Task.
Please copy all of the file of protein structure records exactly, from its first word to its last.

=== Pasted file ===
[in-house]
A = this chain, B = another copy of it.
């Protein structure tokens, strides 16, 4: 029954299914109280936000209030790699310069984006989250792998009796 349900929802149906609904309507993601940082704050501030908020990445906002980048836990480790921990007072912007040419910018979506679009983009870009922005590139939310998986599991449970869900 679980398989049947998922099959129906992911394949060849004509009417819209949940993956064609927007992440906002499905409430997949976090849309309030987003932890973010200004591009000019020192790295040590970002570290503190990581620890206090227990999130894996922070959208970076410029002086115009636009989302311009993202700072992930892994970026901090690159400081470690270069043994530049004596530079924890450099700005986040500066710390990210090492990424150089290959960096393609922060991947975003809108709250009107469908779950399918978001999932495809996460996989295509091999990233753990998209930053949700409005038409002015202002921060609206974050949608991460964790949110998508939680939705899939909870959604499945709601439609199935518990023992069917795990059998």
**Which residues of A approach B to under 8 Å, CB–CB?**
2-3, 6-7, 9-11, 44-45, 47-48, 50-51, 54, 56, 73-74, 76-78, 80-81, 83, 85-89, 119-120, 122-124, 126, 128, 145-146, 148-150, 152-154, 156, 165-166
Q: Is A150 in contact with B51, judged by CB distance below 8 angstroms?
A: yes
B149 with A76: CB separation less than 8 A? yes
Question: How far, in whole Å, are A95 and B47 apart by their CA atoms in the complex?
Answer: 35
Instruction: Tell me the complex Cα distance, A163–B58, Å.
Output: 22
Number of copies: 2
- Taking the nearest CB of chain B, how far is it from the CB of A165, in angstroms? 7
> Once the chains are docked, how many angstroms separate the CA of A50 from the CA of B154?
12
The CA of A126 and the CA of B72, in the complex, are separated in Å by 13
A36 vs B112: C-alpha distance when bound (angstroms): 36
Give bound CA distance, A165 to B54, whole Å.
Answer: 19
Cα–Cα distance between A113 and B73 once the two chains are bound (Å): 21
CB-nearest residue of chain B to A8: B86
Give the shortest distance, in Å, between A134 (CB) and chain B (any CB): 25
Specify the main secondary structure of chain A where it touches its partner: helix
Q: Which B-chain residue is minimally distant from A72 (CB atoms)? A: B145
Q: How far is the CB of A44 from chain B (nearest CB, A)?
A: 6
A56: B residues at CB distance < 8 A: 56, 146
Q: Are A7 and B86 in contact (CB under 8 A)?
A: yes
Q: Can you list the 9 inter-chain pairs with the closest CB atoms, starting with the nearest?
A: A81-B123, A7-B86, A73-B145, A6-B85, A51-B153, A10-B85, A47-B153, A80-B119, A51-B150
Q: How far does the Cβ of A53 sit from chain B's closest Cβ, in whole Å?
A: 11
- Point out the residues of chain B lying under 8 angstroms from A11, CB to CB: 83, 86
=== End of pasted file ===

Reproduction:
[in-house]
A = this chain, B = another copy of it.
């Protein structure tokens, strides 16, 4: 029954299914109280936000209030790699310069984006989250792998009796 349900929802149906609904309507993601940082704050501030908020990445906002980048836990480790921990007072912007040419910018979506679009983009870009922005590139939310998986599991449970869900 679980398989049947998922099959129906992911394949060849004509009417819209949940993956064609927007992440906002499905409430997949976090849309309030987003932890973010200004591009000019020192790295040590970002570290503190990581620890206090227990999130894996922070959208970076410029002086115009636009989302311009993202700072992930892994970026901090690159400081470690270069043994530049004596530079924890450099700005986040500066710390990210090492990424150089290959960096393609922060991947975003809108709250009107469908779950399918978001999932495809996460996989295509091999990233753990998209930053949700409005038409002015202002921060609206974050949608991460964790949110998508939680939705899939909870959604499945709601439609199935518990023992069917795990059998």
**Which residues of A approach B to under 8 Å, CB–CB?**
2-3, 6-7, 9-11, 44-45, 47-48, 50-51, 54, 56, 73-74, 76-78, 80-81, 83, 85-89, 119-120, 122-124, 126, 128, 145-146, 148-150, 152-154, 156, 165-166
Q: Is A150 in contact with B51, judged by CB distance below 8 angstroms?
A: yes
B149 with A76: CB separation less than 8 A? yes
Question: How far, in whole Å, are A95 and B47 apart by their CA atoms in the complex?
Answer: 35
Instruction: Tell me the complex Cα distance, A163–B58, Å.
Output: 22
Number of copies: 2
- Taking the nearest CB of chain B, how far is it from the CB of A165, in angstroms? 7
> Once the chains are docked, how many angstroms separate the CA of A50 from the CA of B154?
12
The CA of A126 and the CA of B72, in the complex, are separated in Å by 13
A36 vs B112: C-alpha distance when bound (angstroms): 36
Give bound CA distance, A165 to B54, whole Å.
Answer: 19
Cα–Cα distance between A113 and B73 once the two chains are bound (Å): 21
CB-nearest residue of chain B to A8: B86
Give the shortest distance, in Å, between A134 (CB) and chain B (any CB): 25
Specify the main secondary structure of chain A where it touches its partner: helix
Q: Which B-chain residue is minimally distant from A72 (CB atoms)? A: B145
Q: How far is the CB of A44 from chain B (nearest CB, A)?
A: 6
A56: B residues at CB distance < 8 A: 56, 146
Q: Are A7 and B86 in contact (CB under 8 A)?
A: yes
Q: Can you list the 9 inter-chain pairs with the closest CB atoms, starting with the nearest?
A: A81-B123, A7-B86, A73-B145, A6-B85, A51-B153, A10-B85, A47-B153, A80-B119, A51-B150
Q: How far does the Cβ of A53 sit from chain B's closest Cβ, in whole Å?
A: 11
- Point out the residues of chain B lying under 8 angstroms from A11, CB to CB: 83, 86